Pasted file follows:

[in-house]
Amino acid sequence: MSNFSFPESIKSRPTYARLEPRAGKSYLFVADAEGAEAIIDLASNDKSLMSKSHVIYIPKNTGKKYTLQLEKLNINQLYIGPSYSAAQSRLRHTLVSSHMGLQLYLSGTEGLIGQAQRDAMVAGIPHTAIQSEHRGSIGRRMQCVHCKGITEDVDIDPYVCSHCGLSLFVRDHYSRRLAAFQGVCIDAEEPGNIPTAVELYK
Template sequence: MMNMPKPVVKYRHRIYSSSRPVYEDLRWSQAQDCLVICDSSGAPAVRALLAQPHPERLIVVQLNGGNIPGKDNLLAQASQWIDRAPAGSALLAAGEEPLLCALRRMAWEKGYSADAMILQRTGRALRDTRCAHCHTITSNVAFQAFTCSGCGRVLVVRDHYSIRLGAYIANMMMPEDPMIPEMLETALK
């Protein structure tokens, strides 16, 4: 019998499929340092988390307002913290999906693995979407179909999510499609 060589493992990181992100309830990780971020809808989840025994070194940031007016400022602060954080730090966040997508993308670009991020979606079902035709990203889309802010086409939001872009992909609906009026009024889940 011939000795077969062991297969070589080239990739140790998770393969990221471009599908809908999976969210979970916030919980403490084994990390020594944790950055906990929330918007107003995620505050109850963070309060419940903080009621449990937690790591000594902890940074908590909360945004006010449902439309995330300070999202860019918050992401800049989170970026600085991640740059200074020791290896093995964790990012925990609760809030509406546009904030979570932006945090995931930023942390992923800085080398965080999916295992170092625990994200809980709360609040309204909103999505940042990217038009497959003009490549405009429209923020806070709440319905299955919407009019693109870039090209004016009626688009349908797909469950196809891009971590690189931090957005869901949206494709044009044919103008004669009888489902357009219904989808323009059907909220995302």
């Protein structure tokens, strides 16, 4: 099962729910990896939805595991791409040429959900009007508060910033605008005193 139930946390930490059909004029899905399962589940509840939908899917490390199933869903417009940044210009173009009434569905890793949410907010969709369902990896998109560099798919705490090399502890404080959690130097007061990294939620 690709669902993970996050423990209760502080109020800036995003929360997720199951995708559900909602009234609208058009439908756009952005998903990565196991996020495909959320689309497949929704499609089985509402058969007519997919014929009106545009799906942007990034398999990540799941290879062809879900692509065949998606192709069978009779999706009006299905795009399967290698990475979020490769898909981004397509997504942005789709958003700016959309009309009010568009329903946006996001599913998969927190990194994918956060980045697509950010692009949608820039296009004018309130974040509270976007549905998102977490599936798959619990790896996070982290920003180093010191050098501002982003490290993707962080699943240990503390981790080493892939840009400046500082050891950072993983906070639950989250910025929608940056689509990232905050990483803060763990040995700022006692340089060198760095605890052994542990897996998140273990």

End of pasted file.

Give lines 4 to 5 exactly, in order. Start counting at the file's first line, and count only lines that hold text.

């Protein structure tokens, strides 16, 4: 019998499929340092988390307002913290999906693995979407179909999510499609 060589493992990181992100309830990780971020809808989840025994070194940031007016400022602060954080730090966040997508993308670009991020979606079902035709990203889309802010086409939001872009992909609906009026009024889940 011939000795077969062991297969070589080239990739140790998770393969990221471009599908809908999976969210979970916030919980403490084994990390020594944790950055906990929330918007107003995620505050109850963070309060419940903080009621449990937690790591000594902890940074908590909360945004006010449902439309995330300070999202860019918050992401800049989170970026600085991640740059200074020791290896093995964790990012925990609760809030509406546009904030979570932006945090995931930023942390992923800085080398965080999916295992170092625990994200809980709360609040309204909103999505940042990217038009497959003009490549405009429209923020806070709440319905299955919407009019693109870039090209004016009626688009349908797909469950196809891009971590690189931090957005869901949206494709044009044919103008004669009888489902357009219904989808323009059907909220995302």
């Protein structure tokens, strides 16, 4: 099962729910990896939805595991791409040429959900009007508060910033605008005193 139930946390930490059909004029899905399962589940509840939908899917490390199933869903417009940044210009173009009434569905890793949410907010969709369902990896998109560099798919705490090399502890404080959690130097007061990294939620 690709669902993970996050423990209760502080109020800036995003929360997720199951995708559900909602009234609208058009439908756009952005998903990565196991996020495909959320689309497949929704499609089985509402058969007519997919014929009106545009799906942007990034398999990540799941290879062809879900692509065949998606192709069978009779999706009006299905795009399967290698990475979020490769898909981004397509997504942005789709958003700016959309009309009010568009329903946006996001599913998969927190990194994918956060980045697509950010692009949608820039296009004018309130974040509270976007549905998102977490599936798959619990790896996070982290920003180093010191050098501002982003490290993707962080699943240990503390981790080493892939840009400046500082050891950072993983906070639950989250910025929608940056689509990232905050990483803060763990040995700022006692340089060198760095605890052994542990897996998140273990």